FBI Warns Mohammed Arrest Could Accelerate Terror Attacks

The arrest of Al Qaeda operations chief Khalid Shaikh Mohammed could speed up terrorist attacks in the United States that are in the planning stages, the FBI said in a bulletin sent Wednesday.

The latest of the weekly FBI memos to 18,000 state and local law enforcement agencies says Mohammed's capture "deals a severe long-term blow" to Al Qaeda's ability to carry out attacks.

"However, in the short term, the apprehension may accelerate execution of any operational planning already under way, as operatives seek to carry out attacks before the information obtained through Mohammed's capture can be used to undermine operational security," the bulletin said.

The memo does not contain any mention of specific planned attacks, just a warning that it is possible some are in the planning stages.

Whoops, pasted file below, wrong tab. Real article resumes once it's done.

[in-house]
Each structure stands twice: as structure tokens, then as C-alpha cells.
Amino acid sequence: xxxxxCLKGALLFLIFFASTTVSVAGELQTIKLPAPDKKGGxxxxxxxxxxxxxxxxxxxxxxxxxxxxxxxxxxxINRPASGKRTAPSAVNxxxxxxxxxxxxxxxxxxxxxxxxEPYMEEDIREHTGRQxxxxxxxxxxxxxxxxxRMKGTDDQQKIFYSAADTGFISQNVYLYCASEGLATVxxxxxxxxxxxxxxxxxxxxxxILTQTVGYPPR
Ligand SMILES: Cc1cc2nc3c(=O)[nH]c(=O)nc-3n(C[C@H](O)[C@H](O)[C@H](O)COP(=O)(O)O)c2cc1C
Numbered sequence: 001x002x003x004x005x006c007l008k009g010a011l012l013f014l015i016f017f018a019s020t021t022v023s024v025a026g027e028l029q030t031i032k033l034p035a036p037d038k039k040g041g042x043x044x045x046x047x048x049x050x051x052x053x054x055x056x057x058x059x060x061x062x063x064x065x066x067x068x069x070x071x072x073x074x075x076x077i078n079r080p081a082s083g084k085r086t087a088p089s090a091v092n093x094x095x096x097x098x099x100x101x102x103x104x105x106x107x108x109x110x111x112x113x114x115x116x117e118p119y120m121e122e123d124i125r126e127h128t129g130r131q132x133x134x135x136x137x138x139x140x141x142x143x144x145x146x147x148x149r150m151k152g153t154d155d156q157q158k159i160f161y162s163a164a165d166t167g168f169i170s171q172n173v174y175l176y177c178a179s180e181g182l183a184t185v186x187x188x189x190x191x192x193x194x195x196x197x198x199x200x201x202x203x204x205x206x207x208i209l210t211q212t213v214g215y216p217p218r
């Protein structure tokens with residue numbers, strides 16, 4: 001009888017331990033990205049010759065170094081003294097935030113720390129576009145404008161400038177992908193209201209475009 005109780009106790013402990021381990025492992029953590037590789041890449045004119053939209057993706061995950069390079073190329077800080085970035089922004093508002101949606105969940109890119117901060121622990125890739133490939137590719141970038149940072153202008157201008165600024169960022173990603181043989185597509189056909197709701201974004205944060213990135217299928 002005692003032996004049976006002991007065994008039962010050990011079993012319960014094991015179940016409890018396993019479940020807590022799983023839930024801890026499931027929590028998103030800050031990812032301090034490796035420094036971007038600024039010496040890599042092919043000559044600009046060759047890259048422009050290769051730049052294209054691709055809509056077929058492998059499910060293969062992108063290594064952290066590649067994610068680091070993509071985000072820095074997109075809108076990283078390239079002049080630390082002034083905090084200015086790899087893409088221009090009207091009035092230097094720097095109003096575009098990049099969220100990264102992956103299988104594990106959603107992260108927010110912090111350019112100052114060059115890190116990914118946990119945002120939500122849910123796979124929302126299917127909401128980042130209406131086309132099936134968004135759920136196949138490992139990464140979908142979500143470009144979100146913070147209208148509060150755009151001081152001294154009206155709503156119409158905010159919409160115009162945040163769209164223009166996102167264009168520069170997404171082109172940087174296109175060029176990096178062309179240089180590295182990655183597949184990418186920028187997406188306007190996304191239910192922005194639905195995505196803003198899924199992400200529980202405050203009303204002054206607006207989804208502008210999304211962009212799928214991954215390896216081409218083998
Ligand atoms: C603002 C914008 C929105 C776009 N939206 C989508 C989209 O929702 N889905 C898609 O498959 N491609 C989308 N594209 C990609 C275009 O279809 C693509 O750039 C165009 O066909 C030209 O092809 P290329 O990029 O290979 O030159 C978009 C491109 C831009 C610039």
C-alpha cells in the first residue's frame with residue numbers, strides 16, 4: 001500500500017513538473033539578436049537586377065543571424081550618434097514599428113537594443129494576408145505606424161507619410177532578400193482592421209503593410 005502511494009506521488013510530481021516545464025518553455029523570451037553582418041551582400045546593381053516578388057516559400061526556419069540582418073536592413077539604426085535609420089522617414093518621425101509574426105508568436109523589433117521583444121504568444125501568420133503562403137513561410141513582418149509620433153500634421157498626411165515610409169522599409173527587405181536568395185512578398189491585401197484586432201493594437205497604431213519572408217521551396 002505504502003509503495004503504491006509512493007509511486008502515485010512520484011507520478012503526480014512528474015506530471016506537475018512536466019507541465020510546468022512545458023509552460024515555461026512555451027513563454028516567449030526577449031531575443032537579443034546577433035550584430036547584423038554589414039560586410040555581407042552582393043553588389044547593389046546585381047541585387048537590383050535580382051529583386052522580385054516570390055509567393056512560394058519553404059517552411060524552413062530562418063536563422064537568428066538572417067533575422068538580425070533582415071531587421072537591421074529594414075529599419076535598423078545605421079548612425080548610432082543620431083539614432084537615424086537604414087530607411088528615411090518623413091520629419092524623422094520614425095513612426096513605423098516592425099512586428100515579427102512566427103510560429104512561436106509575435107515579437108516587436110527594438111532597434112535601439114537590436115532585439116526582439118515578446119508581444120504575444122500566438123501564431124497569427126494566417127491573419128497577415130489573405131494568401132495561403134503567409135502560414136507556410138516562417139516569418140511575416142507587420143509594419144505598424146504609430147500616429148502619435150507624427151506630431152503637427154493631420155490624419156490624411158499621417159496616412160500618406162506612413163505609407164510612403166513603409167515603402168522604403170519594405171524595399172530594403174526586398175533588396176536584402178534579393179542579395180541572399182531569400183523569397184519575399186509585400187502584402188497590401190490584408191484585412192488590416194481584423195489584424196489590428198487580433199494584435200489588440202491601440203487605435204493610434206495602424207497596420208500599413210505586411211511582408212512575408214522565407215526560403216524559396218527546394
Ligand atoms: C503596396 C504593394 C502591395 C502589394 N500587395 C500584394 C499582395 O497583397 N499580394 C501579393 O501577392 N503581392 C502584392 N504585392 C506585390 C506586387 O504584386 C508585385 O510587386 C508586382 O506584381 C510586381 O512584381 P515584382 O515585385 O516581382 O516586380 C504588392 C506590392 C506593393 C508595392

Federal law enforcement officials have said a vast amount of information was found when Mohammed was arrested at a home in Pakistan on Saturday, including computers, computer disks, portable telephones and documents. Names of many possible Al Qaeda members, including some in the United States, also were collected.

The bulletin urges local police to remain vigilant and "alert to potential signs of terrorist planning or execution" despite the breakthrough of Mohammed's capture.

The Bush administration last week lowered the nation's risk of terrorist attack from high, or orange, to the middle level of yellow, or elevated, on a five-point scale.

Mohammed is Al Qaeda's No. 3 official and is believed to have planned the Sept. 11 attacks in New York and Washington, as well as the bombing of a synagogue in Tunisia, a planned bombing of airplanes over the Pacific Ocean and other attacks.

The FBI bulletin says that in 2002 Mohammed met with Jose Padilla, a U.S. citizen now in federal custody on charges that he planned to detonate a radiological "dirty bomb" in the United States.

Arrested with Mohammed on Saturday was Mustafa Ahmed al-Hawsawi, who the FBI says was a key financier of the Sept. 11 attacks.